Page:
Although the importance of family history as a risk factor for breast cancer is widely recognized, there is disagreement on its impact upon prognosis, with conflicting results reported in several series [3
]. The discovery of the breast cancer susceptibility genes BRCA1-2 has allowed a clearer identification of genetically related cases.
Some studies suggest that mutations of the BRCA gene may be related, besides their impact on the susceptibility to breast and ovarian cancer, to distinctive biological characteristics and clinical course.
In general, the histopathologic features of BRCA associated cases are reported as being more unfavourable as compared to sporadic cases, with more high-grade, oestrogen receptor negative and rapidly proliferating tumours [5
]. In a recent study, nodal status was found to be correlated with tumour size in BRCA-1 negative but not in BRCA-1 positive patients [6
]. In some relatively small studies, the prognosis of patients with BRCA mutations was worse [7
] or comparable [10
] to that of sporadic cases. In these series, prognostic factors were generally worse than in sporadic cases. In a Finnish study [12
], it was noted that BRCA1 breast cancer patients had a lower survival rate than sporadic cases, BRCA2 patients or patients with non BRCA1/2 related familial breast cancer. However, the difference was not statistically significant. It should be noted that the BRCA positive patient populations studied varied much, including Ashkenazi Jewish patients with node negative disease [7
], early-onset disease [8
], or familial breast cancer [11
]. Also control groups were different, varying from BRCA negative cases in the same population to large population based registries. The clinical implications of these findings appear not to be fully understood and more data on the issue are necessary before conclusions can be drawn. In particular, the impact of BRCA alterations upon survival is unclear [13
In the present series, we analyzed the clinical characteristics, treatment and outcome in a group of patients with familial breast cancer according to their BRCA status.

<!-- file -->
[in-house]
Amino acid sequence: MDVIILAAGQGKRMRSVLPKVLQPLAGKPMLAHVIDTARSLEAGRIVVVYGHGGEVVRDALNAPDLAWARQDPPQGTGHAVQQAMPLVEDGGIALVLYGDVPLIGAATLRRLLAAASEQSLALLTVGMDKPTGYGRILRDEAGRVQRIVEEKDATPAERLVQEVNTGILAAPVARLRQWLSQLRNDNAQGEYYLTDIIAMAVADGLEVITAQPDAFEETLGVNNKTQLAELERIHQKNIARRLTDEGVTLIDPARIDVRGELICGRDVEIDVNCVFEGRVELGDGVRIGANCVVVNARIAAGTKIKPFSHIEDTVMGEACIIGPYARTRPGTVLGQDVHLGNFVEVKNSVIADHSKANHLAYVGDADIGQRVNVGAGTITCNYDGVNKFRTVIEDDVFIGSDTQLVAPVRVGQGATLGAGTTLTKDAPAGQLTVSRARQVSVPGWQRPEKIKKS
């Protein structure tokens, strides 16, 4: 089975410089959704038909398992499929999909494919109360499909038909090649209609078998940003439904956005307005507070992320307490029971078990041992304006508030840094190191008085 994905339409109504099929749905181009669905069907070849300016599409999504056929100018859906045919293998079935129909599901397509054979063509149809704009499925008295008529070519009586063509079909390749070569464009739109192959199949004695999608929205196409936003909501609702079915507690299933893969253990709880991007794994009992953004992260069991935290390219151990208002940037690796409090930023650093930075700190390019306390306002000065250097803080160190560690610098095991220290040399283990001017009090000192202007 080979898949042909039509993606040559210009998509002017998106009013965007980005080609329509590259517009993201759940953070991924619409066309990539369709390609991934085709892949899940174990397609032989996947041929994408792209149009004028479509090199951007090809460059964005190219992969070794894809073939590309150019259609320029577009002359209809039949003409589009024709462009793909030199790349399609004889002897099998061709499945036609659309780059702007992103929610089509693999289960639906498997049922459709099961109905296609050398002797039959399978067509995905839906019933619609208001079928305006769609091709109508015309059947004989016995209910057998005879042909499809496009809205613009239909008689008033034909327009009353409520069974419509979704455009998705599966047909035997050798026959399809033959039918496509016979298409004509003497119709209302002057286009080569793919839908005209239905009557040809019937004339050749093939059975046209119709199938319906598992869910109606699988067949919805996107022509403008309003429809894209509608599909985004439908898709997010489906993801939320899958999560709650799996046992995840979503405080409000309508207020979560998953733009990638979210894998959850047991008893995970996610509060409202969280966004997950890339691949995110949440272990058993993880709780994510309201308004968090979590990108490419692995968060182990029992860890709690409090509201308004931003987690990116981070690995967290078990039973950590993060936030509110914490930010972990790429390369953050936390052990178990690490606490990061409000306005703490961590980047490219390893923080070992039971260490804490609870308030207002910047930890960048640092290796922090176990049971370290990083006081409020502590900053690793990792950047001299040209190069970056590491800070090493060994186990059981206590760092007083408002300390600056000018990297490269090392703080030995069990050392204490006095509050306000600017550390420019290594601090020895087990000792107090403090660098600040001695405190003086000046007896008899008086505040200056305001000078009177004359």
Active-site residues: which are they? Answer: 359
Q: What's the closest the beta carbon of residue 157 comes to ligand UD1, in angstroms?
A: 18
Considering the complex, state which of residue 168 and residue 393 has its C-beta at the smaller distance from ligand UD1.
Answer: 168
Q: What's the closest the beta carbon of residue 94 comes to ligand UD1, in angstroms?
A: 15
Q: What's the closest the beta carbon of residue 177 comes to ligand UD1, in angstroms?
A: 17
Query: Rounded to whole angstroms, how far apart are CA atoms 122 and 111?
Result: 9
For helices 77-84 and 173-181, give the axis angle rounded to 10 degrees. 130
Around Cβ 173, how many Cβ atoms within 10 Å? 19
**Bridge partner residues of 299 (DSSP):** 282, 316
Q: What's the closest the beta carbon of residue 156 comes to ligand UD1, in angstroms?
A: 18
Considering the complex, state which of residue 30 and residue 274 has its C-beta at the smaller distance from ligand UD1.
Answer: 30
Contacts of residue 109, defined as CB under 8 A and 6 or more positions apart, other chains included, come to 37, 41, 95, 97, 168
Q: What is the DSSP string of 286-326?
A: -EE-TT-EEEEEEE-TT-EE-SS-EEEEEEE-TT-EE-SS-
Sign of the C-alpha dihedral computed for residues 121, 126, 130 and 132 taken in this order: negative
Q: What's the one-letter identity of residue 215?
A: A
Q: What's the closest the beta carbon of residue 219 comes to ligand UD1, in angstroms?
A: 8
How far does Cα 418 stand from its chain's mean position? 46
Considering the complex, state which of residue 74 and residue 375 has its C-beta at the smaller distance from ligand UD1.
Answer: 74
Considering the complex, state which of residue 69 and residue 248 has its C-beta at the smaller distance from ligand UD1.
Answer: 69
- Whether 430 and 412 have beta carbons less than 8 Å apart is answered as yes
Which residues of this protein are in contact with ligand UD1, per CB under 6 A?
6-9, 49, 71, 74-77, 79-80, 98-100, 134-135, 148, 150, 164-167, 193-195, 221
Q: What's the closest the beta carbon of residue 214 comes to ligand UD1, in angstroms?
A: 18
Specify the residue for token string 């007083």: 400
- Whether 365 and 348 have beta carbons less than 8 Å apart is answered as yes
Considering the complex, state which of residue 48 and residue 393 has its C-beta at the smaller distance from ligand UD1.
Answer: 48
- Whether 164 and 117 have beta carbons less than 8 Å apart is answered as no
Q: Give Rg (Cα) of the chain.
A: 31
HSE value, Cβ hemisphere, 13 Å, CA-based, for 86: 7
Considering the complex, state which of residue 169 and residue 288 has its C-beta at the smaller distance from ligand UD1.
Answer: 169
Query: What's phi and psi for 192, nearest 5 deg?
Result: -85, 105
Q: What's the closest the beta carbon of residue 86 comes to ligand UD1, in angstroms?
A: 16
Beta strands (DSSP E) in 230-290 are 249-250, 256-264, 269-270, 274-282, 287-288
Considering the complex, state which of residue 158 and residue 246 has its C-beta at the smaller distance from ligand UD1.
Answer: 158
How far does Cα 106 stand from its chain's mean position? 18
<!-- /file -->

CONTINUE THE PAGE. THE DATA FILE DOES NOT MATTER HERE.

The first finding to be mentioned is that, even in a group of breast cancer with a family history, the incidence of BRCA mutations is relatively low (about 25%) in our population of Italian women. This further stresses the need for stringent selection criteria before offering the test to the individual women. Besides, as a consequence, the study population was not large enough to detect small differences between BRCA positive and negative case..
The characteristics of patients differed in the two groups, in that features linked to an aggressive course (premenopausal status, poorly differentiated tumours, ER negative, node positive) were or tended to be more frequent in BRCA (predominantly BRCA2) positive patients. Treatment was similar.
The first event was more frequently distant metastases in BRCA-WT patients and contralateral breast cancer in BRCA positive patients. Time to progression was superimposable.
When survival curves are examined, one should take into account that the mechanism of the study caused long survivors to be overrepresented, which translates into very high long term survival rates (median survival has not been reached at 20 years). It appears that, while event free survival is superimposable, the percentage of long term survivors is higher among BRCA positive patients. This would be in accordance with a protective effect of BRCA, which counteracts the unfavourable prognostic factors associated with BRCA positivity. No difference emerged in our series between BRCA1 and BRCA2 positive patients, but the small number of BRCA1 cases in this predominantly BRCA2 series precludes conclusions. These findings are not entirely comparable with most data reported so far, in that in our series all patients had a family history of breast cancer and patients with BRCA-WT were probably positive for other unknown mutated genes. This is in agreement with a possible protective effect of BRCA positivity even within otherwise genetically related breast cancer.